Suppose Y_1,..., Y_n is a random sample where the density of each random variable Y_i is f(y) = 2*x^2*y^(-3), y >= 0 for some parameter x > 1. Find the first order statistic, Y_(1).

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- March 21st 2011, 02:52 PMjmyers12345Find the first order statistic
Suppose Y_1,..., Y_n is a random sample where the density of each random variable Y_i is f(y) = 2*x^2*y^(-3), y >= 0 for some parameter x > 1. Find the first order statistic, Y_(1).

- March 21st 2011, 04:37 PMmatheagle
use the complement, let M be the min

now if the min exceeds the value, y, they all do...

using independence

now differentiate and you have

finally plug in your density/distribution. - March 21st 2011, 04:51 PMjmyers12345
Thanks, that's what I had but I'm still getting the wrong answer. When computing the pdf and I'm integrating the cdf given what should my limits of integration be?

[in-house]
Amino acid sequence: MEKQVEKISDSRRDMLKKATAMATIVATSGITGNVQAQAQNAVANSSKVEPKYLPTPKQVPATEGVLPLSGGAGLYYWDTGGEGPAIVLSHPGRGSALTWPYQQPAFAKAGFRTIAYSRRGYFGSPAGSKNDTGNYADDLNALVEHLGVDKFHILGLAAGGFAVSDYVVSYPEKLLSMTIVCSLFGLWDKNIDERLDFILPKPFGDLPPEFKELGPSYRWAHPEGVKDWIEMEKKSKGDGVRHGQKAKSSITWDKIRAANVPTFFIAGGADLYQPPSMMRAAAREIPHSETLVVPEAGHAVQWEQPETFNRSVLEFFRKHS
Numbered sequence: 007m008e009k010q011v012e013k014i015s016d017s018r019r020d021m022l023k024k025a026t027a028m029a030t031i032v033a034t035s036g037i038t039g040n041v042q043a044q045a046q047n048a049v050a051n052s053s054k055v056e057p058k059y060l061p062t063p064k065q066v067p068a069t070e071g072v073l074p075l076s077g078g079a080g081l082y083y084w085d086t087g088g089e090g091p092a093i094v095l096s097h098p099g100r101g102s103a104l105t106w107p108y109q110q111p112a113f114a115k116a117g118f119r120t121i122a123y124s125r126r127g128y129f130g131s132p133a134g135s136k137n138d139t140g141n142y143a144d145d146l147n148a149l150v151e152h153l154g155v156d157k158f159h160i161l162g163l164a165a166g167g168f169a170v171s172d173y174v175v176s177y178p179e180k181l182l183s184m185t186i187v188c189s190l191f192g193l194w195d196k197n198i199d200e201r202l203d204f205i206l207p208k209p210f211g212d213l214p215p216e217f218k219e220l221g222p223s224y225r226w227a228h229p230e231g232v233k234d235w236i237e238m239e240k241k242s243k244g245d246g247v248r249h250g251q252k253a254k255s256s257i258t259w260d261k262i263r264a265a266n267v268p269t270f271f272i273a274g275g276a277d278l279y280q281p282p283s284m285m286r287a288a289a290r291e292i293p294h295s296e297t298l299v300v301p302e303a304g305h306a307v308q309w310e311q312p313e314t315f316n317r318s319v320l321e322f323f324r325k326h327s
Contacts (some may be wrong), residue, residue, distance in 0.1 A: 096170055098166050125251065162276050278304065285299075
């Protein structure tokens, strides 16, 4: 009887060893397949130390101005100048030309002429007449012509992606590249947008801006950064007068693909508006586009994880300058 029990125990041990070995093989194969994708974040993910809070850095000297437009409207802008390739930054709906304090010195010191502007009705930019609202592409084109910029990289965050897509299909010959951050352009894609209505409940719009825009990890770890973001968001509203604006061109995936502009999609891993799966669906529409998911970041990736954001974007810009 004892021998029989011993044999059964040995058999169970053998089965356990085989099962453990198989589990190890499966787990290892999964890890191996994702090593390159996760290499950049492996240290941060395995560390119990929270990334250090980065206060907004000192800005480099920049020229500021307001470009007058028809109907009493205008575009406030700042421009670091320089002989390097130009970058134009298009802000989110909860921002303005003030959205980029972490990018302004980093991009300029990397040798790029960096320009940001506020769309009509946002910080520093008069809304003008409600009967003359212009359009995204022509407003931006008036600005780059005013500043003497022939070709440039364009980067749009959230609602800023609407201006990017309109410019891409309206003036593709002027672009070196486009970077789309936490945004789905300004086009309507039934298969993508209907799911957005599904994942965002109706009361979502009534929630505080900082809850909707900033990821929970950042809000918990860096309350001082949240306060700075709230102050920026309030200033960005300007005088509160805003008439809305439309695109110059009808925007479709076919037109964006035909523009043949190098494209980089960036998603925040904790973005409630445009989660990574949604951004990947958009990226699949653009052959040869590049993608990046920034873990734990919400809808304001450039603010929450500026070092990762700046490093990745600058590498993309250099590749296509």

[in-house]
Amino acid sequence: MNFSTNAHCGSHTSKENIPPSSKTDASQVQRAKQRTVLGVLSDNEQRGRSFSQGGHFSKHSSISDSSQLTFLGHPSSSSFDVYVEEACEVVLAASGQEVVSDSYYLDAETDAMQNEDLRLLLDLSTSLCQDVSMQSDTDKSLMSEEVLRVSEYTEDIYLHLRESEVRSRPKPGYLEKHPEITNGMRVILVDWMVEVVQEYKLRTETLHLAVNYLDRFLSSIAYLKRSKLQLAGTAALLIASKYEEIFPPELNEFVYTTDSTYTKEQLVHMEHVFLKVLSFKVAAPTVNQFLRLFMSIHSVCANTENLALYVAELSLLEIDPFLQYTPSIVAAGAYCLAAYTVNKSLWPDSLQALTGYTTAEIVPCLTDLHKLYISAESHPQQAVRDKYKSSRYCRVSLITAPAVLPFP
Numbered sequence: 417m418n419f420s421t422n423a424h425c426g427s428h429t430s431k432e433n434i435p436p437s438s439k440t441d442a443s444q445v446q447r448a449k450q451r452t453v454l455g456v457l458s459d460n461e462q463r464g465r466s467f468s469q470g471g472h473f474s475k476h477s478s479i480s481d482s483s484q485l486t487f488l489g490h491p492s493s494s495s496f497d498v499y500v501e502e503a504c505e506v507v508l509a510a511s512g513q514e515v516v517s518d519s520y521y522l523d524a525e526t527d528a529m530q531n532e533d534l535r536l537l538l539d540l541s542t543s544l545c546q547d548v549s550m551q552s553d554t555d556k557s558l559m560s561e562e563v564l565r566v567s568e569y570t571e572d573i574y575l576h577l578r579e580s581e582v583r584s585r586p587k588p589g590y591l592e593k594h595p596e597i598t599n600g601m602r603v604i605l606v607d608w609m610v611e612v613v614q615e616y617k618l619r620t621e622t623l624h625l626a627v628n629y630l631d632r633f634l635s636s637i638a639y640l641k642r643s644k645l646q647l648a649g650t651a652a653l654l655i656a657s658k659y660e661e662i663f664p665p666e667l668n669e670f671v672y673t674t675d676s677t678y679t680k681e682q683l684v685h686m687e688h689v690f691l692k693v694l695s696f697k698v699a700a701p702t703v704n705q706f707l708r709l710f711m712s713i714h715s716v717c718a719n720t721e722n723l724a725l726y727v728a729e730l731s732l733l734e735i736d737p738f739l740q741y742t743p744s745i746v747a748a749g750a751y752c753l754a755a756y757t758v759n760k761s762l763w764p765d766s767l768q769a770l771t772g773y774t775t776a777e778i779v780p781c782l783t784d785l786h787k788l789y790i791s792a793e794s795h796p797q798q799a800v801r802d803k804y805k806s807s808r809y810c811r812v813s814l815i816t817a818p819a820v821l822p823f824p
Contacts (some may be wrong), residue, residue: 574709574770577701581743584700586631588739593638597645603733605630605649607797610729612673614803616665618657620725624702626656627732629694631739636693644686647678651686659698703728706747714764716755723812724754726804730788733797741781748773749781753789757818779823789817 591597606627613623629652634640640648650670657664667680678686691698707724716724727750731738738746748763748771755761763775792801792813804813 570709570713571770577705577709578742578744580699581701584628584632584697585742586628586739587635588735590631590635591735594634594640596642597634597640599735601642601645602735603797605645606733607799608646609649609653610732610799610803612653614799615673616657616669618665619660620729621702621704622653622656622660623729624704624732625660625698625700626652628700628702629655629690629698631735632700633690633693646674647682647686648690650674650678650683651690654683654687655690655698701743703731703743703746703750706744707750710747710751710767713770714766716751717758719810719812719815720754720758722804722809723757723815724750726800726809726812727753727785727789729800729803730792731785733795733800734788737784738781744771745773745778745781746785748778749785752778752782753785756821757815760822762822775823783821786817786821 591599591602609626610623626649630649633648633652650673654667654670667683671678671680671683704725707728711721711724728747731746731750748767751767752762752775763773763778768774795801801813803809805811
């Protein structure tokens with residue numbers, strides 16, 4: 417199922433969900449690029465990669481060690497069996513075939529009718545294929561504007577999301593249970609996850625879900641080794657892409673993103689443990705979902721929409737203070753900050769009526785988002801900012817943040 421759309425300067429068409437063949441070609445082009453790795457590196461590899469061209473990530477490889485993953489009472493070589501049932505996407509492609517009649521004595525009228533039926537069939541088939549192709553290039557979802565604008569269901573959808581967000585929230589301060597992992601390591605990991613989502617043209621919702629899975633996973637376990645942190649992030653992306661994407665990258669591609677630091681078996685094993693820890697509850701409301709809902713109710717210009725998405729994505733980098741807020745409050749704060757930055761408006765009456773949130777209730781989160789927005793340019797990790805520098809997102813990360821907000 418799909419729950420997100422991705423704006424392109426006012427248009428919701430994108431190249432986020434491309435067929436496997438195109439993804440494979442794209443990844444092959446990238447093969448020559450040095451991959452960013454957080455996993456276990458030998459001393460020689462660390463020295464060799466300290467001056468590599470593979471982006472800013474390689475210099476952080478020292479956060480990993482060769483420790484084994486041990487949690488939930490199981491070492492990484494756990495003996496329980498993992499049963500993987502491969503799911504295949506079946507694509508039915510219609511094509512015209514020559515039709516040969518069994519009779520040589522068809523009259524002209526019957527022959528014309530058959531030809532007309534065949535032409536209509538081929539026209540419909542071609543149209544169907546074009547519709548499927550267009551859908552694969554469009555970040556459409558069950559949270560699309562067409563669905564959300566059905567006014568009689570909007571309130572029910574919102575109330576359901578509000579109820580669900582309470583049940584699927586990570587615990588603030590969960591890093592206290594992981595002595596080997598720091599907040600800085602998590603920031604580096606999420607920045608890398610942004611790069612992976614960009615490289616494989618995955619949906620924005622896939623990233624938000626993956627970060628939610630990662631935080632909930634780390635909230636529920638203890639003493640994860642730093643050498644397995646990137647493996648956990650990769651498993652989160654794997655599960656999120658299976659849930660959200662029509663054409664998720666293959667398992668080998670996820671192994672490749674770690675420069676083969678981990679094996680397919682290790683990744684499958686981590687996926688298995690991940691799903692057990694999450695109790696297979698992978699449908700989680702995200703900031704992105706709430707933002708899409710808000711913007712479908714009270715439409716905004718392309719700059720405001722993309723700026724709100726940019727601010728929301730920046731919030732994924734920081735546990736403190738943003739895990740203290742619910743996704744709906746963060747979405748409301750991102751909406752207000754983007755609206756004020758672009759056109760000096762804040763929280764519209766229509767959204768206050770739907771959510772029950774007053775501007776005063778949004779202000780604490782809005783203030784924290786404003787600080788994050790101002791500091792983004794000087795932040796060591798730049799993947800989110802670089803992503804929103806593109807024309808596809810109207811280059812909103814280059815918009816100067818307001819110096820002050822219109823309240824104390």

- March 21st 2011, 04:56 PMmatheagle
show your work and we can better answer your question

y goes from zero to infinity, x is a fixed constant.

NEVERMIND

this is NOT a valid density

MY guess is that y is bounded below by x, clearly it is not bounded below by 0. - March 21st 2011, 05:53 PMjmyers12345
Ok, so when I integrate (2*x^2*y^(-3)) with respect to y I get -(x^2/y^2) and plugging in the bounds of x to infinity, I get 0 - (-1) = 1. But this can't be right because then the entire pdf for the order statistic ends up equaling 0. Would I just use the indefinite integral of the pdf -(x^2/y^2) as my cdf and plug that in for the cdf found in the equation for the first order statistic that you listed above?

- March 21st 2011, 06:02 PMmatheagle
IT is right

ONE means it is a valid density

that's how I figured out what your density must be - March 21st 2011, 06:03 PMmatheagle

x is not a variable, it's just a fixed constant.

BUT you should look up the problem again, having y bounded below by zero, seems off.

must be one. - March 21st 2011, 06:05 PMjmyers12345
Thanks for all the help, I got it

- March 21st 2011, 06:09 PMmatheagle
but is that the correct density, where y>x?

- March 21st 2011, 06:13 PMjmyers12345